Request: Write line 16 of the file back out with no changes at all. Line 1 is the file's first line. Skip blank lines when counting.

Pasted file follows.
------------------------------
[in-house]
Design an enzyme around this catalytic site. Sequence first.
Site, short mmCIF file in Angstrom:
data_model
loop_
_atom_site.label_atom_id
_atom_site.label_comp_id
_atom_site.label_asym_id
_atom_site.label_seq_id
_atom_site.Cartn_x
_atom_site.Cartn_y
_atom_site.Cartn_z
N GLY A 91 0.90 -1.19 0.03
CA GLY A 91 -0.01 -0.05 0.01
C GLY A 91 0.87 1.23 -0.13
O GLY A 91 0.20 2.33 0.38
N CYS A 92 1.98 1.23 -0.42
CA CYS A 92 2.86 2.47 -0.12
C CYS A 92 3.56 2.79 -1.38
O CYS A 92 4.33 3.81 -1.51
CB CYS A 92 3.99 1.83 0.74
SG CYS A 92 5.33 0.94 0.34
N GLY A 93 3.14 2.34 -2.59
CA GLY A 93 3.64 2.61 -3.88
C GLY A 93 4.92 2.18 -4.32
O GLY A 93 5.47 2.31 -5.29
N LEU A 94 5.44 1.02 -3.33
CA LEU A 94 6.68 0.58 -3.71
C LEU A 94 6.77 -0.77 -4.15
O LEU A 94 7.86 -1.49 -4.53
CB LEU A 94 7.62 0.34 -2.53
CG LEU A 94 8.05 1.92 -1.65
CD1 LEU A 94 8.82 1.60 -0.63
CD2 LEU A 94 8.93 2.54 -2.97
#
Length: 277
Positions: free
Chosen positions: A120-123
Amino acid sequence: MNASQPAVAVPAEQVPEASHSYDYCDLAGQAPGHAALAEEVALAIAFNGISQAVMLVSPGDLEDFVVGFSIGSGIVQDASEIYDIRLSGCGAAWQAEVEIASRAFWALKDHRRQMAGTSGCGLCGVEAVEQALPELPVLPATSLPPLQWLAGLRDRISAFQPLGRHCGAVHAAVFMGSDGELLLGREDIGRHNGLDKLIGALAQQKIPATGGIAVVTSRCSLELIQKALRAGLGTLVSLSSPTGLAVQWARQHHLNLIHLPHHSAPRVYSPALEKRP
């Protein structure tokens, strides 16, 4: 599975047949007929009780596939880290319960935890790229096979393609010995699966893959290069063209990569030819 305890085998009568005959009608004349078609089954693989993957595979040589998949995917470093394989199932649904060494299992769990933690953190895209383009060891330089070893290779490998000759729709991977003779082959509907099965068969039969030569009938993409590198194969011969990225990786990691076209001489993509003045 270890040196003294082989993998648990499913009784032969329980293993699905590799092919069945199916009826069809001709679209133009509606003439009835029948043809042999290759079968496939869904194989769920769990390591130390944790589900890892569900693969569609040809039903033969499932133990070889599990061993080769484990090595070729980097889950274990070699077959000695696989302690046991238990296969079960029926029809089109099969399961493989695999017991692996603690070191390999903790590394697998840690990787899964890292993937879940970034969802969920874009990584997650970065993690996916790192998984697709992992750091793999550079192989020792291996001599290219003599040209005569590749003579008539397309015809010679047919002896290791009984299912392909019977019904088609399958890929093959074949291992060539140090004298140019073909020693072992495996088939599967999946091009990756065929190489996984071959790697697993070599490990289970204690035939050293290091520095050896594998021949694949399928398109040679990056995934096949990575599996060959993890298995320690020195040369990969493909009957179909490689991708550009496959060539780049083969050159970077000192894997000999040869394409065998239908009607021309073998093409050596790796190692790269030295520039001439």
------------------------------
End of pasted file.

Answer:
O GLY A 91 0.20 2.33 0.38